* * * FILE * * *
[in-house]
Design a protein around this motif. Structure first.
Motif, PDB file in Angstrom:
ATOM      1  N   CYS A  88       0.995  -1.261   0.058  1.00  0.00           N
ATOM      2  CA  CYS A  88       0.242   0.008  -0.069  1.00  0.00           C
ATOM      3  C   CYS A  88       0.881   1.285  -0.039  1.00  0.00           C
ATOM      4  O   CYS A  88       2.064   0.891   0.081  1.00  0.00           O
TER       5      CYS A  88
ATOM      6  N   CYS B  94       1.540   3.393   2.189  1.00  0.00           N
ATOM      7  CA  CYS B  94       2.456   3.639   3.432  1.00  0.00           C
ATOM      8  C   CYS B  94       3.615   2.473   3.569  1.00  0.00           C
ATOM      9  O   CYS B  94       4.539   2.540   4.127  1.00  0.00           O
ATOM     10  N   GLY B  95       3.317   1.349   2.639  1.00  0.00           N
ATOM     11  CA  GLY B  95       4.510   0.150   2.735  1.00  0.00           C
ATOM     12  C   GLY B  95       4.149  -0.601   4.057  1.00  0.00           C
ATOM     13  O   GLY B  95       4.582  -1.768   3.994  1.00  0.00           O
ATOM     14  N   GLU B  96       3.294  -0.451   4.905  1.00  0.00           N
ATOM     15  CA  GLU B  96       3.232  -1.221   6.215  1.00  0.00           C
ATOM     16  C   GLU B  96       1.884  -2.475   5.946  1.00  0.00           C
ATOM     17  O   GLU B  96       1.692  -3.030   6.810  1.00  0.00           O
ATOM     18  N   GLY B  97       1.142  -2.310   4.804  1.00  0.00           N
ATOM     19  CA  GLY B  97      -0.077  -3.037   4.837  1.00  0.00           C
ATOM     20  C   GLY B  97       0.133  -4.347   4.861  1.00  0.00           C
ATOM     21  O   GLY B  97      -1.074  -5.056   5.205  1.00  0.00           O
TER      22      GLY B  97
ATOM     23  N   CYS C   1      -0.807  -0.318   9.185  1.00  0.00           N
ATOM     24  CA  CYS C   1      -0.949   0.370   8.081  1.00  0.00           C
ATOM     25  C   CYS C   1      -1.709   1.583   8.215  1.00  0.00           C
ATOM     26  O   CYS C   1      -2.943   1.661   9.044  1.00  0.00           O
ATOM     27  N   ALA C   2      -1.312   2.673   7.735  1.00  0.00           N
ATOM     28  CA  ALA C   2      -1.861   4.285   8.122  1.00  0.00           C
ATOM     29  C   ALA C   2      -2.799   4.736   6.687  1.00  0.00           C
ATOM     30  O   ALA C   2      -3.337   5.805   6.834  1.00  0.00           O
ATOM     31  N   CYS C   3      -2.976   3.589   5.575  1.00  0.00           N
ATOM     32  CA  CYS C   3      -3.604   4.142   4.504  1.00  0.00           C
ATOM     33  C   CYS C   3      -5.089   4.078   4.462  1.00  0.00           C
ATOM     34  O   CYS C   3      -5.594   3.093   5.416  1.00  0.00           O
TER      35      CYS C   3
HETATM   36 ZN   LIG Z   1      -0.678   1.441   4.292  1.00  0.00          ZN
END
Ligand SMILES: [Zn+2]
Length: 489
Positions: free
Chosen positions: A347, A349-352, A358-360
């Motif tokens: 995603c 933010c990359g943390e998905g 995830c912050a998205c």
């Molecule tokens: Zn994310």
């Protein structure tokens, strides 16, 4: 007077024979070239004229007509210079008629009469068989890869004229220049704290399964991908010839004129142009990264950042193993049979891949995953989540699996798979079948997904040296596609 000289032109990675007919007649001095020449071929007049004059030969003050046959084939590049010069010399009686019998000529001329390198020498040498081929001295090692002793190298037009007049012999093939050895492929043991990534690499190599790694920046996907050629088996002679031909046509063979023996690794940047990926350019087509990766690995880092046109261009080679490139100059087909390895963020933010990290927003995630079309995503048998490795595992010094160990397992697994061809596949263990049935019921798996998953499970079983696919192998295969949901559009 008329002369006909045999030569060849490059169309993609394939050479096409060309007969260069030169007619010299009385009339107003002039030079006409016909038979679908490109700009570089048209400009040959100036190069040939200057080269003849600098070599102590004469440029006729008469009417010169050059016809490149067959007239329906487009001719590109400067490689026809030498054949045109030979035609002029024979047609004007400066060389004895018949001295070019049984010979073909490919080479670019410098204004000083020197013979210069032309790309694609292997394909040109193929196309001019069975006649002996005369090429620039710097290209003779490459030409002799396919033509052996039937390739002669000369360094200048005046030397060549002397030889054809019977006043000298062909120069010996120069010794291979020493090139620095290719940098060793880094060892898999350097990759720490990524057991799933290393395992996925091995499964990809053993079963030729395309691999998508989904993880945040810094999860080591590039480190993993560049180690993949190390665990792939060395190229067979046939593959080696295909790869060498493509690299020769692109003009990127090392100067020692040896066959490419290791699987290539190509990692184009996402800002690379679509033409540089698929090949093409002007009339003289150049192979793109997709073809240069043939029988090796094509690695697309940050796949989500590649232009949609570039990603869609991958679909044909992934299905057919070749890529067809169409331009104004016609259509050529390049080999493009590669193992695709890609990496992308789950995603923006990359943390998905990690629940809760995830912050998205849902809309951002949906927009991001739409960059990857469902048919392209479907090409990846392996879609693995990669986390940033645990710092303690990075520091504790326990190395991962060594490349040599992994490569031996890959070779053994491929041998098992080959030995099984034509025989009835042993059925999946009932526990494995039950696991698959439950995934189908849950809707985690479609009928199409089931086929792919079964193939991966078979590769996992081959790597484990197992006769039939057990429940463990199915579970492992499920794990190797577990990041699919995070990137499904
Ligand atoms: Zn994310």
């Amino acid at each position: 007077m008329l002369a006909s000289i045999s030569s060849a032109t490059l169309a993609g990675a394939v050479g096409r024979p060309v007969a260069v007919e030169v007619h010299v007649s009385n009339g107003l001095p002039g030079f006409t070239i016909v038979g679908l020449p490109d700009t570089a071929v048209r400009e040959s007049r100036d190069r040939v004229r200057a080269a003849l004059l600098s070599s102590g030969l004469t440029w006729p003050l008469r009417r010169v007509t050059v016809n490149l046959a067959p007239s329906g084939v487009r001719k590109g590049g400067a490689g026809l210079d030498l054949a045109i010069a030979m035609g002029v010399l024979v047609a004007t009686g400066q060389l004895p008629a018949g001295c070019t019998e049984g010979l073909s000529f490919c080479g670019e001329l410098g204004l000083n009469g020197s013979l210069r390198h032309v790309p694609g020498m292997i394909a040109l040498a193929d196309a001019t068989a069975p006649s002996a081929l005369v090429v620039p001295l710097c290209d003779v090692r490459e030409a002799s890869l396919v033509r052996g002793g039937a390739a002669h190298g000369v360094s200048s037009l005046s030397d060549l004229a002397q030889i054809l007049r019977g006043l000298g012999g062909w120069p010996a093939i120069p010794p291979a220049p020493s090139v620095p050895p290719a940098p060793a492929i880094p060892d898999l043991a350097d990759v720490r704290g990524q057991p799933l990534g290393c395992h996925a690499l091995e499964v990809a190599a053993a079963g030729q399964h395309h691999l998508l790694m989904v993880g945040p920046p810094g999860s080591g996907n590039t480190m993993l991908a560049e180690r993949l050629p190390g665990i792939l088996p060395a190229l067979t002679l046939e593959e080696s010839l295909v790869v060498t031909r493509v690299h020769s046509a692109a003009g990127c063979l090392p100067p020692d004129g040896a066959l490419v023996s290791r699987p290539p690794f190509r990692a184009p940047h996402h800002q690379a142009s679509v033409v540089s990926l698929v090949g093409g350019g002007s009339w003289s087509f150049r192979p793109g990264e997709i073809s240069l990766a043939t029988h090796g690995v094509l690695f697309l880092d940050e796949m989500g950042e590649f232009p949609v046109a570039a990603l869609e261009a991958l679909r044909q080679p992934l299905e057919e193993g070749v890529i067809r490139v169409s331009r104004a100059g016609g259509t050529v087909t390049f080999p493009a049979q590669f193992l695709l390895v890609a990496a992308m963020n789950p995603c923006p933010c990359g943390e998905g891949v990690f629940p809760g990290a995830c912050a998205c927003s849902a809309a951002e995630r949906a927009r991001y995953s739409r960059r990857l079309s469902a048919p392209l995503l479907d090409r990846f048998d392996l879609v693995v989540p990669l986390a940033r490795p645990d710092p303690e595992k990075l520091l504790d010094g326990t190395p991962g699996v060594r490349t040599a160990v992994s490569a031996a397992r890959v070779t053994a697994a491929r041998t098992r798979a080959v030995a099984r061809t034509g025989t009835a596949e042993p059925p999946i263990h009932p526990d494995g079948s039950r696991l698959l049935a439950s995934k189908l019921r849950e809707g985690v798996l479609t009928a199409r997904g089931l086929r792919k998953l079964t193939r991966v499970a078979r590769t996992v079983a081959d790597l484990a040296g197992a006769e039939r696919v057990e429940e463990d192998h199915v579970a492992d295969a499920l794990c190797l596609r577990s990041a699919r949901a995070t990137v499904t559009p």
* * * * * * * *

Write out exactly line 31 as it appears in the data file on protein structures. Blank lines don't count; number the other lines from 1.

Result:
ATOM     28  CA  ALA C   2      -1.861   4.285   8.122  1.00  0.00           C